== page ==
I remember spending Sundays in church with my family, a Southern family tradition in the United States. While the preacher was delivering his sermons, I was always drawing but listening. Inspired by the messages from the Bible, architecture and colorful stained glass windows of the church, it became a place where I started my creative journey and unlocked my future.
In this current body of work, I re-examine my standing with religion and other influences that have imprinted on me, which have shaped my life. Asking questions and trying to understand myself, my path and my place in the world.
The paintings are based on Christian religious stories and key characters in the Bible. I would then cross-reference and compare them with similar Greek mythologies. While hearing the stories in my head, I relate them to my reality, transforming them into a collage of religion and its correlations to mythology, life, imagination, and childhood nostalgia onto a subject matter that I called MYTHOLOGYANITYISM. While doing this, I created my own world and language through the style of painting and authentic symbolic symbols to talk about any subject.
The topics are based on my relationships with life, death, relatable self-reflection, internal struggle, parenting, family, temptation, race, politics, social status, greed, time, questioning of one’s fate, guilt, the act of painting, and good vs evil.
These suggestive paintings came to me intuitively, unveiling problems, solutions, self-reflection and growth to the relationships in my life. Therefore, becoming my therapy. I discovered that a vast majority of our lives are occupied by the universal connections with different types of subjects, all within the influence of Christianity. Like the stories in the Bible, these paintings can be read with many interpretations, and through those universal values, allow everyone to connect to the subject matter despite their beliefs.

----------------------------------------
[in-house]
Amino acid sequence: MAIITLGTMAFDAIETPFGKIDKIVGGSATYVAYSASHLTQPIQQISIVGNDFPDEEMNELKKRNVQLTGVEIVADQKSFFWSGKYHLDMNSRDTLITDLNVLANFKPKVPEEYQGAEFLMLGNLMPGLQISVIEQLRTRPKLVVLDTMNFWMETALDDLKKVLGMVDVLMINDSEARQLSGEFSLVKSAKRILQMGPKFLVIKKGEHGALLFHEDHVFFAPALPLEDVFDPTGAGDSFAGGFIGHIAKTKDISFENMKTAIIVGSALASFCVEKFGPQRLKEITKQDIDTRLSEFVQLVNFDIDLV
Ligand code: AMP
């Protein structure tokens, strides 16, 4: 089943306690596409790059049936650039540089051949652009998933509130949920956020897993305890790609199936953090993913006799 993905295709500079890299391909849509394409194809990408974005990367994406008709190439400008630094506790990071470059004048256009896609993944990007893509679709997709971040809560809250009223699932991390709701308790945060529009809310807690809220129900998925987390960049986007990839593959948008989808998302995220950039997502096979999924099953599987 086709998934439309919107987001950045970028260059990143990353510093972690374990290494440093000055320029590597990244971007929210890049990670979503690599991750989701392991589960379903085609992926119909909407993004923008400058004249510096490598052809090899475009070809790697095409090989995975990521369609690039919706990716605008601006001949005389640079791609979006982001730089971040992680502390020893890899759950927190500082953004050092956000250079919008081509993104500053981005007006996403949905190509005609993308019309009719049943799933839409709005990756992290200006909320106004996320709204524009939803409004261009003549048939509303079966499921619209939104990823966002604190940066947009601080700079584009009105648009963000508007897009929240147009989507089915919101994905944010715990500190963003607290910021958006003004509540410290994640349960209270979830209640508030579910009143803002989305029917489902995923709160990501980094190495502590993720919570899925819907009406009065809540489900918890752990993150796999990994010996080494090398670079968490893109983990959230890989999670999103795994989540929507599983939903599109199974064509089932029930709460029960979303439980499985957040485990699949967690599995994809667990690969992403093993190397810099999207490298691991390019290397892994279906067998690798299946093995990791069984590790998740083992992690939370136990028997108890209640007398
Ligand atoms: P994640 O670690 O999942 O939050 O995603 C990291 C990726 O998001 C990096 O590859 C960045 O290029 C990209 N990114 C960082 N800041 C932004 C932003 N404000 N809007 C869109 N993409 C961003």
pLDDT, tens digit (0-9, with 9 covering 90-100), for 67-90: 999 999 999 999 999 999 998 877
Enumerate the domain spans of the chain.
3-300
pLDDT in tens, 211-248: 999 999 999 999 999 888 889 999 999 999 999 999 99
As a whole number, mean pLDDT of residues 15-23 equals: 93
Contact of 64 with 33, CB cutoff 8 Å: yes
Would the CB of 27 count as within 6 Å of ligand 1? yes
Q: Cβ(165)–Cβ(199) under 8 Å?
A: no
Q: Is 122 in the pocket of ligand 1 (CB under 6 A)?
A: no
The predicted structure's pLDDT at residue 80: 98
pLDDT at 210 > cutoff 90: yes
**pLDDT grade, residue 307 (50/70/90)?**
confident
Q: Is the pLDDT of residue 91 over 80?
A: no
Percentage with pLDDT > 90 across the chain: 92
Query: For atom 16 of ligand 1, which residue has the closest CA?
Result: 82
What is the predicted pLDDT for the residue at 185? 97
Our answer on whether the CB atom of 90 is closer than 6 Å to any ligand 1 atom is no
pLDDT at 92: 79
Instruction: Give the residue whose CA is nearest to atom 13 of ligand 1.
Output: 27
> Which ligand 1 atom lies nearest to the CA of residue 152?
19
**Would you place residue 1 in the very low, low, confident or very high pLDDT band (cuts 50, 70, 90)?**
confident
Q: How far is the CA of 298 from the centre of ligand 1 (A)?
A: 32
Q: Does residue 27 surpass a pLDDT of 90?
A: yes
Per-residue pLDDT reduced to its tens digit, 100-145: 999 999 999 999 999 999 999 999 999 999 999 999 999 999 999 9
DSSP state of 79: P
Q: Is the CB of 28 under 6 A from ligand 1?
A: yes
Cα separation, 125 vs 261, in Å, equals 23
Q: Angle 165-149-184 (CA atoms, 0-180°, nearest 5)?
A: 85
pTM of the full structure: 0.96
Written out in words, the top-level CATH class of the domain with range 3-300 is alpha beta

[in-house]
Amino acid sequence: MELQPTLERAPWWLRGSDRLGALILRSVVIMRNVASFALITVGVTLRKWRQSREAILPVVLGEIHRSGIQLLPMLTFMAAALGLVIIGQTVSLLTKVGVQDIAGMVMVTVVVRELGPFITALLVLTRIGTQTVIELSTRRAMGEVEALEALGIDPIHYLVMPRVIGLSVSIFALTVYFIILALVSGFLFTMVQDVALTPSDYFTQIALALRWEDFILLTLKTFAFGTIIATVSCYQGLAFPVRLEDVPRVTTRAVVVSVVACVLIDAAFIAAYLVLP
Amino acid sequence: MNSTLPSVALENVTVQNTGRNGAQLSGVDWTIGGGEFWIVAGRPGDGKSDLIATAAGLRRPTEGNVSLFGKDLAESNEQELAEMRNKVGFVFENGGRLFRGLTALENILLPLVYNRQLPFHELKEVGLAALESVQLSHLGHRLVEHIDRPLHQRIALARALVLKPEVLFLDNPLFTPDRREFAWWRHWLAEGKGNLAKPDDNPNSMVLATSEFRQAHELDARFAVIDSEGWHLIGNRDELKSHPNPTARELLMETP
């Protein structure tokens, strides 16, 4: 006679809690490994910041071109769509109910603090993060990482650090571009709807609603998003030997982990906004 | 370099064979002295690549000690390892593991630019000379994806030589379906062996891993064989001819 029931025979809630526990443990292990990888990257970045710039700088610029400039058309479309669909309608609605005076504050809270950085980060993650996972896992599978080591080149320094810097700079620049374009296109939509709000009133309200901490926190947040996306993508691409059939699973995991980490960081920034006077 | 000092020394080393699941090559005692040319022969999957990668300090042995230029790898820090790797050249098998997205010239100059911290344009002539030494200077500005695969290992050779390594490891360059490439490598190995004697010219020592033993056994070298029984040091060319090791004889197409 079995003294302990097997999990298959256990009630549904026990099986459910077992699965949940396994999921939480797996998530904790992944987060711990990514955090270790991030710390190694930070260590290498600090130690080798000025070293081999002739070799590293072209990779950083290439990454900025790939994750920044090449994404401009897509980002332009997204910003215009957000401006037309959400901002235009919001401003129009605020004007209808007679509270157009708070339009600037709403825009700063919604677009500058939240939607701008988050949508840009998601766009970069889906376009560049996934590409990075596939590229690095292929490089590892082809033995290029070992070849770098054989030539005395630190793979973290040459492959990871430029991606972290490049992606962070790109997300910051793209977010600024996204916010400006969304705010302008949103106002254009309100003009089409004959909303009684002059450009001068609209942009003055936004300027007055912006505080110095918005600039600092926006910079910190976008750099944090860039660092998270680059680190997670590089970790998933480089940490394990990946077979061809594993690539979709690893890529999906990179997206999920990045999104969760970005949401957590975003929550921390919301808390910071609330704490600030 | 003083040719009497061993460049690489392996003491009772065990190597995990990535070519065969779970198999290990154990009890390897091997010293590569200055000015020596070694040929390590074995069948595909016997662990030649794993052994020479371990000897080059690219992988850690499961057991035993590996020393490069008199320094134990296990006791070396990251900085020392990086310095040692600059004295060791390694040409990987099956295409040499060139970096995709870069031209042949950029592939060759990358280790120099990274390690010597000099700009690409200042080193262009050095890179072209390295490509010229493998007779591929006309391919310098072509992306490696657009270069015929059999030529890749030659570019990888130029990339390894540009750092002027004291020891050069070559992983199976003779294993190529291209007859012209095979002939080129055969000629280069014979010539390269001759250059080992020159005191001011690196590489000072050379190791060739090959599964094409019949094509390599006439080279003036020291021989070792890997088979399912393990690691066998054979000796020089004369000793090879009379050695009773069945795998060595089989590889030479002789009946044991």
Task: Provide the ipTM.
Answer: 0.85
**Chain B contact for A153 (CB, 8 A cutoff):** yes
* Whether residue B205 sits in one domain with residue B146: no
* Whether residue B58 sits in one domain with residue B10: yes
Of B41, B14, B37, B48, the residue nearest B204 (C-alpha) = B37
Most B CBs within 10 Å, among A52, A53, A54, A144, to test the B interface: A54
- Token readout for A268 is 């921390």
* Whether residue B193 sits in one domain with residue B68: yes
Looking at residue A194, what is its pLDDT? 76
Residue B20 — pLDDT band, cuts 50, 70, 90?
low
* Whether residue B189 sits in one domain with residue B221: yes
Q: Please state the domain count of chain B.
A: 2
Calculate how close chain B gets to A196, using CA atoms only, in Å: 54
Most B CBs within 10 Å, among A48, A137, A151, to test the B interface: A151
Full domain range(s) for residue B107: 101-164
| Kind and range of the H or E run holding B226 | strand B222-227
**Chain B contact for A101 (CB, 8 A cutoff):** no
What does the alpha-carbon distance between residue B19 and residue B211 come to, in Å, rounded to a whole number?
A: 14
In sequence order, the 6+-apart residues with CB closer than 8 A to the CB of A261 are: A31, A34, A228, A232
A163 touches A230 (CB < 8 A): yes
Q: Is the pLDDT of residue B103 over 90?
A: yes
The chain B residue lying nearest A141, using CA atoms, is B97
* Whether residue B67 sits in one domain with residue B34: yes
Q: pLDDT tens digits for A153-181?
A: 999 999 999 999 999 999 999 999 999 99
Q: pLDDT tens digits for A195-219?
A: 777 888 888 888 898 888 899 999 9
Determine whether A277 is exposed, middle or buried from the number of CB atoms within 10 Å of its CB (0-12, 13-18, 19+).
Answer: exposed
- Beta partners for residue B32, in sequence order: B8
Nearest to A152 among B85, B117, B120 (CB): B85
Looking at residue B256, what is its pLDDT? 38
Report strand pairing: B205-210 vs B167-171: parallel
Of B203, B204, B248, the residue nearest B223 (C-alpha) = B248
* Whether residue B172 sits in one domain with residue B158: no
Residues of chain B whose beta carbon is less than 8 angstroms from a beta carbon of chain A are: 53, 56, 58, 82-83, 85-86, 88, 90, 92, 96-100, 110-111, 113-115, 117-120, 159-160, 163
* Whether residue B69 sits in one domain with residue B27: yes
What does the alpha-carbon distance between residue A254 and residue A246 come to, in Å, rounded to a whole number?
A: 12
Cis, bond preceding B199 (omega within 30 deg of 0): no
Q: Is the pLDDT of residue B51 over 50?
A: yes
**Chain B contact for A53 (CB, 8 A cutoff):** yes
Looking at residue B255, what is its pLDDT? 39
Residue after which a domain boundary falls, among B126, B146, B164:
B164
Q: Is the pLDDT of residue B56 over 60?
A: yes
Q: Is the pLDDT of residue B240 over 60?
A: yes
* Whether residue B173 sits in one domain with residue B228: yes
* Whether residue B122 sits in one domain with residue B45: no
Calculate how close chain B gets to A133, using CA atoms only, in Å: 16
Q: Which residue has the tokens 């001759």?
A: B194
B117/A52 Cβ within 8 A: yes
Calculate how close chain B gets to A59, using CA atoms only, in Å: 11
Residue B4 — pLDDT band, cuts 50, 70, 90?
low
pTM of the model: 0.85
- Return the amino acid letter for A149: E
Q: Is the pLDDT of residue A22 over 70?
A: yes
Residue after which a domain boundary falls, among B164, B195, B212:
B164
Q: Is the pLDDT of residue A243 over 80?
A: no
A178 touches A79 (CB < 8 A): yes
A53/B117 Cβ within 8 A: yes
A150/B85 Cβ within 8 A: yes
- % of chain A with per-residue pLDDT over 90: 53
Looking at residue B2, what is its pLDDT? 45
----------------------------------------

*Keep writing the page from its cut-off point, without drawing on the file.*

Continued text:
The Bible is a great tool for visionary stories. Some are believable, and others are not. Deluding myself to believe in magical things, I still want Santa Claus to be real. The reoccurring cardinal, gator and snake are pivotal symbols in my reality and art, chaining me to my religion.
Painting is my medium to conceive this series because of its ability to be physically real. It is something I can see, smell, touch, and I know it will withstand the test of time. Just like Saint Thomas, who needed to feel the flesh and ribs of Jesus Christ to believe, a painting reflects the tangible truth, which seems to be all the more vital in today’s misleading information-filled world.
My faith has taught me, “Yes, this is all true but also probably never happened.”